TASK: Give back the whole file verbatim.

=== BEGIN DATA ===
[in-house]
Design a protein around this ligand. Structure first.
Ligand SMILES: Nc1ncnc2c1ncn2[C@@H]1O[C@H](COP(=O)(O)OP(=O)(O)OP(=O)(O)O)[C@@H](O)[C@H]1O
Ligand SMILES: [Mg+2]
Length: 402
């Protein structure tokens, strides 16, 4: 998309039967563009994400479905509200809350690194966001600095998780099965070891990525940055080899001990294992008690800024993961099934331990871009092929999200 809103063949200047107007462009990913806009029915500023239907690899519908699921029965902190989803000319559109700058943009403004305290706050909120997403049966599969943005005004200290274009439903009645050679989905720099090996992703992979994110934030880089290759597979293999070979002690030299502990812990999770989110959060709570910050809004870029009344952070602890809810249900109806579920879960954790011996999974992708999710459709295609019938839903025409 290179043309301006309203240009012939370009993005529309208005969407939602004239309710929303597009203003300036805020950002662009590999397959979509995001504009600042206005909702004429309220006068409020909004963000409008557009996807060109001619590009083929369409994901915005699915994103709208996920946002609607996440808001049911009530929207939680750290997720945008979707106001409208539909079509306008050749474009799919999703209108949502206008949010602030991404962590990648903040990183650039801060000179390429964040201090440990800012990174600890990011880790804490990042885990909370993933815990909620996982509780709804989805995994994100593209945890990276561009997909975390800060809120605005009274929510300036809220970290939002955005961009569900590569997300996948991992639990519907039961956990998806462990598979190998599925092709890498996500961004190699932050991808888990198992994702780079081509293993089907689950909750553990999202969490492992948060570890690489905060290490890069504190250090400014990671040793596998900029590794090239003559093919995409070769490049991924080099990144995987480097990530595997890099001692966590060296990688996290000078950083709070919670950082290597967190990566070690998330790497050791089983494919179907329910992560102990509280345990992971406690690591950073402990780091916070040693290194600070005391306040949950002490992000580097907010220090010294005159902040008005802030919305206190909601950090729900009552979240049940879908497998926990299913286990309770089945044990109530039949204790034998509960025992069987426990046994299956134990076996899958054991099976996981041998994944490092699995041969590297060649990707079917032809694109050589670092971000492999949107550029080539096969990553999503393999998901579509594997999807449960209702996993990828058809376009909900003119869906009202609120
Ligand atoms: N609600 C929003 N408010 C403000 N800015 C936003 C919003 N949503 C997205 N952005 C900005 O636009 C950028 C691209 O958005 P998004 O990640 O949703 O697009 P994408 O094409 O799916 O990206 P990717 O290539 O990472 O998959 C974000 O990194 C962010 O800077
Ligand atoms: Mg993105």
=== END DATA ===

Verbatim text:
[in-house]
Design a protein around this ligand. Structure first.
Ligand SMILES: Nc1ncnc2c1ncn2[C@@H]1O[C@H](COP(=O)(O)OP(=O)(O)OP(=O)(O)O)[C@@H](O)[C@H]1O
Ligand SMILES: [Mg+2]
Length: 402
């Protein structure tokens, strides 16, 4: 998309039967563009994400479905509200809350690194966001600095998780099965070891990525940055080899001990294992008690800024993961099934331990871009092929999200 809103063949200047107007462009990913806009029915500023239907690899519908699921029965902190989803000319559109700058943009403004305290706050909120997403049966599969943005005004200290274009439903009645050679989905720099090996992703992979994110934030880089290759597979293999070979002690030299502990812990999770989110959060709570910050809004870029009344952070602890809810249900109806579920879960954790011996999974992708999710459709295609019938839903025409 290179043309301006309203240009012939370009993005529309208005969407939602004239309710929303597009203003300036805020950002662009590999397959979509995001504009600042206005909702004429309220006068409020909004963000409008557009996807060109001619590009083929369409994901915005699915994103709208996920946002609607996440808001049911009530929207939680750290997720945008979707106001409208539909079509306008050749474009799919999703209108949502206008949010602030991404962590990648903040990183650039801060000179390429964040201090440990800012990174600890990011880790804490990042885990909370993933815990909620996982509780709804989805995994994100593209945890990276561009997909975390800060809120605005009274929510300036809220970290939002955005961009569900590569997300996948991992639990519907039961956990998806462990598979190998599925092709890498996500961004190699932050991808888990198992994702780079081509293993089907689950909750553990999202969490492992948060570890690489905060290490890069504190250090400014990671040793596998900029590794090239003559093919995409070769490049991924080099990144995987480097990530595997890099001692966590060296990688996290000078950083709070919670950082290597967190990566070690998330790497050791089983494919179907329910992560102990509280345990992971406690690591950073402990780091916070040693290194600070005391306040949950002490992000580097907010220090010294005159902040008005802030919305206190909601950090729900009552979240049940879908497998926990299913286990309770089945044990109530039949204790034998509960025992069987426990046994299956134990076996899958054991099976996981041998994944490092699995041969590297060649990707079917032809694109050589670092971000492999949107550029080539096969990553999503393999998901579509594997999807449960209702996993990828058809376009909900003119869906009202609120
Ligand atoms: N609600 C929003 N408010 C403000 N800015 C936003 C919003 N949503 C997205 N952005 C900005 O636009 C950028 C691209 O958005 P998004 O990640 O949703 O697009 P994408 O094409 O799916 O990206 P990717 O290539 O990472 O998959 C974000 O990194 C962010 O800077
Ligand atoms: Mg993105």